Dine by Design is a new column on both Untapped Paris and New York which explores food through the lens of product, interior, and restaurant design. It will give readers a behind the scene look not merely at how food is prepared, but at how it is presented. In Paris, Diane Ruengsorn knows this topic intimately as the founder and director of Domestic Aesthetic, a design firm with close links to the restaurant industry, and from her eight years working for food magazines such as Gourmet and Saveur.
Chefs and designers are a natural pairing here in France, where I recently moved. I was drawn to how food and design were so intrinsically linked and after years of working in both fields, often simultaneously, France made sense to me. I loved how in a country so celebrated for its cuisine, food was another vehicle for artistic and visual expression. Thought goes into not only the presentation, but the experience of eating as a whole.
Take for example the Paris des Chefs conference in January which paired internationally renowned chefs with a designer or artist. Over three days, the showcase explored the bridges between “the art of cooking and the different fields of creation.” Bertrand Grébaut of the much hyped restaurant Septime (a graphic design student turned chef) discussed the influence of design on his work with his creative director, the designer and video director Thomas Jumin. Or one of my favorite sessions where the Spanish chef Josean Alija used the individual and dried leaves of leeks to create something similar to papyrus. The result was an edible page that could be decorated and painted on.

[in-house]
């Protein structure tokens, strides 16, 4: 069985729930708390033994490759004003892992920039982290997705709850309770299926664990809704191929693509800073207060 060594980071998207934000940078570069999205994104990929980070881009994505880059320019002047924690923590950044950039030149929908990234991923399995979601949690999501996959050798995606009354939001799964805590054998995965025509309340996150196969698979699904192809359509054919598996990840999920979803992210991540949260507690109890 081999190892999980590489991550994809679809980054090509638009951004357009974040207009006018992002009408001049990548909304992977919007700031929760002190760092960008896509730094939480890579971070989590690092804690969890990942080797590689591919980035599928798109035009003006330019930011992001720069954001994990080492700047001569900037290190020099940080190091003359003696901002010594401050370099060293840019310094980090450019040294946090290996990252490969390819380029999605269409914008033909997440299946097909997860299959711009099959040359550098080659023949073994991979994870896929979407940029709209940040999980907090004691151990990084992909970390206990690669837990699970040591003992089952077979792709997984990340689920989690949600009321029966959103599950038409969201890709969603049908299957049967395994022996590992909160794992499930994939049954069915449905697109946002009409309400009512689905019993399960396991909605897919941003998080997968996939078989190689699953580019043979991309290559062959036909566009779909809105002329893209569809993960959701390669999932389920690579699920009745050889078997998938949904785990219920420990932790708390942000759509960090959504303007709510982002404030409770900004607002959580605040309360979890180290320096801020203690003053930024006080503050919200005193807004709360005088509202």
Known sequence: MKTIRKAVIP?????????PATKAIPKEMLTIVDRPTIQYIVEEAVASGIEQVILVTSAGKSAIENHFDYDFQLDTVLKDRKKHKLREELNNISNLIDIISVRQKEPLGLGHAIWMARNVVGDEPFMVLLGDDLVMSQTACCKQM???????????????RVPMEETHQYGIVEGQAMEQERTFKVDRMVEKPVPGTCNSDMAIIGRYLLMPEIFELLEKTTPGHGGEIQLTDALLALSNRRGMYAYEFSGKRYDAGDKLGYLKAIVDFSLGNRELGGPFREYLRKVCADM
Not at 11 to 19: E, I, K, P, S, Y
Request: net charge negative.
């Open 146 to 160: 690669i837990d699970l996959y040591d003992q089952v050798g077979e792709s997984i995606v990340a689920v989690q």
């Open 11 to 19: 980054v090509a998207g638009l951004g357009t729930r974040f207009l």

Such explorations are well appreciated in France, even in its educational system. The École Supérieure d’Art et de Design de Reims has a nearly ten year old program devoted to food design which “questions eating habits” and focuses on food’s relationship to society.
The program’s founder, Marc Bretillot, along with collaborators Jean-Charles Amey and Earlwyn Covington also created the recently launched multimedia platform called Thinking Food Design. Through invitations sent out to chefs, designers, and anyone interested in the topic, participants document their definitions in two minute videos that answer the simple question: “What is Food Design?” Videos are grouped by categories such as “emotion,” “performance,” or “innovation.”